Thursday, November 21, 2019
Politics Aurora's Recreational Cannabis Economy Will Be Booming

Aurora’s Recreational Cannabis Economy Will Be Booming

Perhaps it is the science part of the political science field that fascinates me the most. When I graduated from engineering over 20 years ago I remember telling myself, no more tests. It wasn’t the studying I disliked – I disliked the tests. In fact, the major cause of my stress was the tests. After graduating from engineering I joined the work force and later when I became a full time parent, keeping up with the demands of engineering was not an option. To make a long story short, about ten years ago I set out to explore the community of Aurora through a lens, and following a progressive path I started to look at the community from a political perspective. I am not a politician and I have no intention of becoming one but as I mentioned earlier, it’s the science part of politics that I find intriguing.

On January 21st, 2019 Aurora Council made a decision to opt-in and allow recreational cannabis stores in Aurora. Perhaps one day you’ll be walking by one of those stores in Aurora and wonder how did that happen? Well, telling you now, the municipal government is your source.

It was definitely an interesting January 21st, 2019 evening at the Town Council when the decision was made to opt-in on opening up recreational cannabis stores in Aurora. I attended the meeting to watch the community input and Council deliberation. However, Aurora Council did not deliberate. After watching the meeting in person, listening to the angry outbursts, hearing the Mayor’s and Council’s reasoning for their decision, I was drawn to express my objective views.

In the only public consultation meeting before the provincial government January 22nd opt-out deadline, the people of Aurora had their last chance to voice their concerns publicly at Town Hall chambers (3 min per person). A last chance to voice their concerns for either option: to opt-in or opt-out of opening recreational cannabis stores in Aurora. That evening Aurora Town Council voted to opt-in, a non-reversible option even though the opt-out option would reserve the right to opt-in at a later date.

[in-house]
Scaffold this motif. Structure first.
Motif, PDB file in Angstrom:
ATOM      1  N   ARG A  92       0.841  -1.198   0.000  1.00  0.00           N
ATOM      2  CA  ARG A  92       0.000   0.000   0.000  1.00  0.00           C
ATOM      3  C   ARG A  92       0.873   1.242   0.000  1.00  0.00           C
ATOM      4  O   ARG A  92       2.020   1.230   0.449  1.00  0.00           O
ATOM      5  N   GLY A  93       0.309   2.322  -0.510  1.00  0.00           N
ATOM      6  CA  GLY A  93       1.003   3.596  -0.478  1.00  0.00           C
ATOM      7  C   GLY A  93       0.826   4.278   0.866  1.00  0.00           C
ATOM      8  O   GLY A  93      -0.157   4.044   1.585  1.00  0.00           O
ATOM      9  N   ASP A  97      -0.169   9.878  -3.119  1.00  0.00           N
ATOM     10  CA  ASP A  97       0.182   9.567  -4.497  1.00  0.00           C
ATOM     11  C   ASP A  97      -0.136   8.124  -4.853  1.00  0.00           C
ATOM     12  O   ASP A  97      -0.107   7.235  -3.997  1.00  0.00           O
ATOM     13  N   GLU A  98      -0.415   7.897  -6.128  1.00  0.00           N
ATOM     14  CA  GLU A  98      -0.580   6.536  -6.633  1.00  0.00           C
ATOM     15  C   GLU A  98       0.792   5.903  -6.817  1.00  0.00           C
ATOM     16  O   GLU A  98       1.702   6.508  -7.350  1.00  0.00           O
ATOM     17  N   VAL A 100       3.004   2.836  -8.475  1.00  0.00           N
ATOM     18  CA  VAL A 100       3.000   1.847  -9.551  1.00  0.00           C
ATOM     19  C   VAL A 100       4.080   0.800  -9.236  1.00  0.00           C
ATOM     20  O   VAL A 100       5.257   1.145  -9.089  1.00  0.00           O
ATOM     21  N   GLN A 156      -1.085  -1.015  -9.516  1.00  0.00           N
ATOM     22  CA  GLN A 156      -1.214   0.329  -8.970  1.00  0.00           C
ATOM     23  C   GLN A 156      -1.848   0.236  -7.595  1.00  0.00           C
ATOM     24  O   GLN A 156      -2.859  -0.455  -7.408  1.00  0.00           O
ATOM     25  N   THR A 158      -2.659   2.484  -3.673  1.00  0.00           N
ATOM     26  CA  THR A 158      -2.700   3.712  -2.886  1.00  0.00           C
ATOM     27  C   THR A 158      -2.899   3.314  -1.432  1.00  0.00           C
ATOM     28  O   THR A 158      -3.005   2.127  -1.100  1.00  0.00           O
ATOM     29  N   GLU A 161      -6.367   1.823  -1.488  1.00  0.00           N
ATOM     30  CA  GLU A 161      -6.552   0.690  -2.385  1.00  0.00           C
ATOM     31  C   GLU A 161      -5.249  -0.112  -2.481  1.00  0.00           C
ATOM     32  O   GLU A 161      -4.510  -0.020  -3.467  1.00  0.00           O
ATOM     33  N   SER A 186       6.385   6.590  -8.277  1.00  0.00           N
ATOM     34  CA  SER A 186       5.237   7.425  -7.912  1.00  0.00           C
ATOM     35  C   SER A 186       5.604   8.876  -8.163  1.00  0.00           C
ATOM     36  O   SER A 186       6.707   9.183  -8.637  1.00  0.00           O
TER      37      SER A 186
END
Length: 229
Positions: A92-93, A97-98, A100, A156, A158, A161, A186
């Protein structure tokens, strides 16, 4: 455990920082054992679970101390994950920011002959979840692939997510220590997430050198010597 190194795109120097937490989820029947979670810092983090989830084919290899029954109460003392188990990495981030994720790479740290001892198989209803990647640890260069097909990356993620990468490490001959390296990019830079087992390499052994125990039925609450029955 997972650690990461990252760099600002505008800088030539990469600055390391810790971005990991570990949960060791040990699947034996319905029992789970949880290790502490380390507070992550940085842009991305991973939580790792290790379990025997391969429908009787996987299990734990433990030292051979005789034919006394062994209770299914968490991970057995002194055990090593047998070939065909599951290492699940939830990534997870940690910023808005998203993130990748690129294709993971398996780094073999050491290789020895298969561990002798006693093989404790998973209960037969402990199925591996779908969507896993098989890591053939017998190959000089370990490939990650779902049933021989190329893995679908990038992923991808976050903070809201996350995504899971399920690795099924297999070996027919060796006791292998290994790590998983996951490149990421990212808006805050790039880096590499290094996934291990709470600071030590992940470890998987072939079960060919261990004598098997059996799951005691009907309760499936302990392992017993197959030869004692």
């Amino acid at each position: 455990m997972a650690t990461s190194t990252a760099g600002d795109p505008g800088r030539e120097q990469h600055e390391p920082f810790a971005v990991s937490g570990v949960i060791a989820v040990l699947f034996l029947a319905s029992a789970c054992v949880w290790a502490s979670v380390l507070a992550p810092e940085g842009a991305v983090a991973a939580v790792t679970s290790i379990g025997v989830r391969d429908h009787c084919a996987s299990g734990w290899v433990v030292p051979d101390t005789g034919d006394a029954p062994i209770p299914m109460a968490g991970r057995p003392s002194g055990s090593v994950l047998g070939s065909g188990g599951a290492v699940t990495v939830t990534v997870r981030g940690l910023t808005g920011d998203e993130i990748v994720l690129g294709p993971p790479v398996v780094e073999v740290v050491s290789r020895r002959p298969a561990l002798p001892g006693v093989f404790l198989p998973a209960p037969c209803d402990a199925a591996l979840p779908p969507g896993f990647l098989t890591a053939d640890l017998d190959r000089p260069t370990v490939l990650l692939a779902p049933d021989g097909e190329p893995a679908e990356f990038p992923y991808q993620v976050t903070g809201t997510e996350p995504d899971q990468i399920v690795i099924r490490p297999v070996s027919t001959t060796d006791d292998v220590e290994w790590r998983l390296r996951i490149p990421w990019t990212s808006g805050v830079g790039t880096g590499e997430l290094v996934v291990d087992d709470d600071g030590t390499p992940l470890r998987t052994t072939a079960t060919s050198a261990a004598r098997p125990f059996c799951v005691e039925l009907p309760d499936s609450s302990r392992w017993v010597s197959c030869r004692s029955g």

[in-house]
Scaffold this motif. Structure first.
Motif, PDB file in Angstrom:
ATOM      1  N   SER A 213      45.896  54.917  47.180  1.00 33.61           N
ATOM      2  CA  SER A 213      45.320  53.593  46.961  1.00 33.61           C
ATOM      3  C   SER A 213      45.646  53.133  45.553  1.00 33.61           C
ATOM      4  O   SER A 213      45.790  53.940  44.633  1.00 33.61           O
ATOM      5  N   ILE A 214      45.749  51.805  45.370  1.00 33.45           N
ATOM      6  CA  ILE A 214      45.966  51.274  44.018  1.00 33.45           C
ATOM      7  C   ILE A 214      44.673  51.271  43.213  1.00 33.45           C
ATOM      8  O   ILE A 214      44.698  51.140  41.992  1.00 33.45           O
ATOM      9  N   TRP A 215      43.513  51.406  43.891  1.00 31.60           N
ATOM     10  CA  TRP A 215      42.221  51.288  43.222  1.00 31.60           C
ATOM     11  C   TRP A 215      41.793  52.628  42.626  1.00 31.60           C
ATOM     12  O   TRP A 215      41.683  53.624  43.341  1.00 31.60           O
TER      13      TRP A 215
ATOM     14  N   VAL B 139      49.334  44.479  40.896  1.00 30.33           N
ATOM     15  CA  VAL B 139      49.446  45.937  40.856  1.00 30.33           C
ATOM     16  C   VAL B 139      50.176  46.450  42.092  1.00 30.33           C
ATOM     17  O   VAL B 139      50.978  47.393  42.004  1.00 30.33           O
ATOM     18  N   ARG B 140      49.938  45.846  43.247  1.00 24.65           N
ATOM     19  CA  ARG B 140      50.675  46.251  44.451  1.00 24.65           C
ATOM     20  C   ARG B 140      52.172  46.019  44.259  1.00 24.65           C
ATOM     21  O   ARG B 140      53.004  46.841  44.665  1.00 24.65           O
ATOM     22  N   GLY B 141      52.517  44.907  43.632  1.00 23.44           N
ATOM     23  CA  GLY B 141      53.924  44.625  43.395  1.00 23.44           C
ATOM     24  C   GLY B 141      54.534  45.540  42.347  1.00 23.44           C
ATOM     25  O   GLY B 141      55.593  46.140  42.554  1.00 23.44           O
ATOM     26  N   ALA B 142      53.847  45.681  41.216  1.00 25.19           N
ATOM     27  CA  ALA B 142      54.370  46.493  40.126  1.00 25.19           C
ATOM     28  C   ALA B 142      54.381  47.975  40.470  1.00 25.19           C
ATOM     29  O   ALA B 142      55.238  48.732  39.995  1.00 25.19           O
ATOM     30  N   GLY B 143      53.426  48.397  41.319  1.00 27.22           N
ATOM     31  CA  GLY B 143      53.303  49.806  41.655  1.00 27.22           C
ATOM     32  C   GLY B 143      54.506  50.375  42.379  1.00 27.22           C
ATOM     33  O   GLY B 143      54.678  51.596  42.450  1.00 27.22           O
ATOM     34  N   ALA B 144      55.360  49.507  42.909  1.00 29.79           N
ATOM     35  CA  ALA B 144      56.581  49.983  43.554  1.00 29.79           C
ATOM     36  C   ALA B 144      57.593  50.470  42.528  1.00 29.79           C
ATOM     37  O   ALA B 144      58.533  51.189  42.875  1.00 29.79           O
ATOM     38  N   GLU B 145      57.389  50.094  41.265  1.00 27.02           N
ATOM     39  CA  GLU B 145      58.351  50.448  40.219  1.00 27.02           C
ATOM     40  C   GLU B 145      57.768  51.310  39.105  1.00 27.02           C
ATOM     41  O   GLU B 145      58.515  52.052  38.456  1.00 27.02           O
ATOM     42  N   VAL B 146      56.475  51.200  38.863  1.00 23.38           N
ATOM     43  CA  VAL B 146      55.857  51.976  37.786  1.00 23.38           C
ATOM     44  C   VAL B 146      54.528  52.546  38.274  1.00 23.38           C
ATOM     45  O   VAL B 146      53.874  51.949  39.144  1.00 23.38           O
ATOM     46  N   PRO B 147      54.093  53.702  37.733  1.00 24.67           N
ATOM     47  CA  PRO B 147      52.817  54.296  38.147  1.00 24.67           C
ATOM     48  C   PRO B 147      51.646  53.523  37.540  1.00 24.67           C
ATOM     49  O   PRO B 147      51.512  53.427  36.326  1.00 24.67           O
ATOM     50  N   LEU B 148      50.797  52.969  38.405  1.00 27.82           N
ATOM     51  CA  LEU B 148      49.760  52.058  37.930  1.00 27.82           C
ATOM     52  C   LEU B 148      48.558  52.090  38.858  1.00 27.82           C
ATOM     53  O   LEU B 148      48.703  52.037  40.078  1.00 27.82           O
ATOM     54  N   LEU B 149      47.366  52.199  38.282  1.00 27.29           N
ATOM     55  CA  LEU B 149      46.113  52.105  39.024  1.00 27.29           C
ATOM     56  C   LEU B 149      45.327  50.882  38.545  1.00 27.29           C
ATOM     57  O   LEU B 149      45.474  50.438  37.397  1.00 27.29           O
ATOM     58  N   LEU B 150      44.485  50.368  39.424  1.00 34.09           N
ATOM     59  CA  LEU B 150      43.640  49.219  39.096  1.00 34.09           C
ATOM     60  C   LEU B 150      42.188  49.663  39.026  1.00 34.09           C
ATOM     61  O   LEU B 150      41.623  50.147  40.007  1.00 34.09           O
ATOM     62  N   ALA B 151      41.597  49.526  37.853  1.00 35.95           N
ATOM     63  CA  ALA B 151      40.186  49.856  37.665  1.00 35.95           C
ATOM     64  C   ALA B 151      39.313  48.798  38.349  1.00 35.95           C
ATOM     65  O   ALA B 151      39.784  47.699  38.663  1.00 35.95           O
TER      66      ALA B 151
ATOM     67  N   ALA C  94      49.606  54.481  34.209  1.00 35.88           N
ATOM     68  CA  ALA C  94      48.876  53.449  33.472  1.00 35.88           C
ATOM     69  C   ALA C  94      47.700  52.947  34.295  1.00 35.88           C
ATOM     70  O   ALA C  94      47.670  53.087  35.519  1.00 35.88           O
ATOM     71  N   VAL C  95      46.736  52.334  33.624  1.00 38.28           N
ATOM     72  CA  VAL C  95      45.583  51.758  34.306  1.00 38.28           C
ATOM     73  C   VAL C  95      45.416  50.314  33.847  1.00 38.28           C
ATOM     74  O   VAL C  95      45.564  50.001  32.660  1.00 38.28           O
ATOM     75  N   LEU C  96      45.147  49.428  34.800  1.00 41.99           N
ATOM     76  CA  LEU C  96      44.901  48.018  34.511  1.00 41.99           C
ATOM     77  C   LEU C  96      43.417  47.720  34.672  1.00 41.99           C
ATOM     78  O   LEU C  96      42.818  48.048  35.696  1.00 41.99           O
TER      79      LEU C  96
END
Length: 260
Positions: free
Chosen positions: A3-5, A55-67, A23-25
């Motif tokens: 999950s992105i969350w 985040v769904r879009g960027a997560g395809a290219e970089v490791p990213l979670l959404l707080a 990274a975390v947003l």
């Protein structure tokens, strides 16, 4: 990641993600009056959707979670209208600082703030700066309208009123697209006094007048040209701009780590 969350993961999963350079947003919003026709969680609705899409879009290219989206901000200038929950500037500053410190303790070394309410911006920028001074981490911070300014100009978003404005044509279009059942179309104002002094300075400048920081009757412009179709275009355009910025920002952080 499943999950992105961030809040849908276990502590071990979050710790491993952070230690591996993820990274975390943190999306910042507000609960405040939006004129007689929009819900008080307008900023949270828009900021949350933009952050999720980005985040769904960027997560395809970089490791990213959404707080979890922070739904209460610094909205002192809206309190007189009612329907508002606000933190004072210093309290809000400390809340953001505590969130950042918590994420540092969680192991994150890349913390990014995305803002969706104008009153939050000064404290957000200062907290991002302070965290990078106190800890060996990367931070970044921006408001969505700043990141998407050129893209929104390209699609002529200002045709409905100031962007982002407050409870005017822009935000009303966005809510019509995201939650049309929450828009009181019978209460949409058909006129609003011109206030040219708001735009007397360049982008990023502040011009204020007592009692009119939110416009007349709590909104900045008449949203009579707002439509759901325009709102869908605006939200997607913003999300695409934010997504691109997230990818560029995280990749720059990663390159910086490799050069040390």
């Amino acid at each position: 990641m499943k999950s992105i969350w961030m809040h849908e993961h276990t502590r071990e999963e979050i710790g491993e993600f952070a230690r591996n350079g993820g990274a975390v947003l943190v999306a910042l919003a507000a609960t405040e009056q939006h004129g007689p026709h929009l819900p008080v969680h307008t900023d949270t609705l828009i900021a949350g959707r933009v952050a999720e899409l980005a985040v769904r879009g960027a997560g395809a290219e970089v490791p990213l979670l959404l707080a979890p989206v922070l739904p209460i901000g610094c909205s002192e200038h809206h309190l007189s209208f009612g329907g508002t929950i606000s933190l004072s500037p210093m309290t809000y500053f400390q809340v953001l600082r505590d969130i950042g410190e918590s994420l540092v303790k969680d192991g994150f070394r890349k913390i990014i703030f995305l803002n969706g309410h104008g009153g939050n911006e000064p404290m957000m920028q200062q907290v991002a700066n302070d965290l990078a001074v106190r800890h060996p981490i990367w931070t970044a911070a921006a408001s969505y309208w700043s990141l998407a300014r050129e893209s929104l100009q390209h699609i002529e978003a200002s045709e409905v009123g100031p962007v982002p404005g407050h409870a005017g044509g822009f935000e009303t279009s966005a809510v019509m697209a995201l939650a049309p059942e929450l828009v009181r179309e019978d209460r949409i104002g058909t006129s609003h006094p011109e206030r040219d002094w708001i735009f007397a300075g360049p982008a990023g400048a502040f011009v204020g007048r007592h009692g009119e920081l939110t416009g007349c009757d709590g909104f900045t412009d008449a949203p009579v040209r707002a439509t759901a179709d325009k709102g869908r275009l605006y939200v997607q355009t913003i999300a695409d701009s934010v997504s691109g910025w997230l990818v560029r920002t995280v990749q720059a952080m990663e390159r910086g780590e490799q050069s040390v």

Was Council’s opt-in decision for recreational cannabis stores in Aurora the right one? I don’t know. In my opinion, it is one of those things where caution is required if proceeding. Cannabis is not a sugar or salt. Cannabis is a drug. Recreational cannabis consumption is now legal in Canada and recreational cannabis products are available online in Ontario, regulated by age. Anyone of the legal age of 19 years old in Canada can purchase and consume recreational cannabis products. Therefore, regardless of the Council decision, online access to  recreational cannabis exists.

It was an emotional night for many community members at the Council chambers. It seemed emotions of fear, sadness and anger dominated the crowd, and challenged the happiness of some prior to the meeting and before the decision was being made. Through the noise of some no-argument concerns and emotions, I heard from the opt-out community one important concern that is hard to ignore – visual attracts, store fronts attract. To magnify the effect, add peer pressure and curiosity. The concern was not about access to recreational cannabis since recreational cannabis is legal. The concern was attracting healthy youth and even healthy 19 plus adults via a physical store front in Aurora. Furthermore, not everyone will be addicted but some will.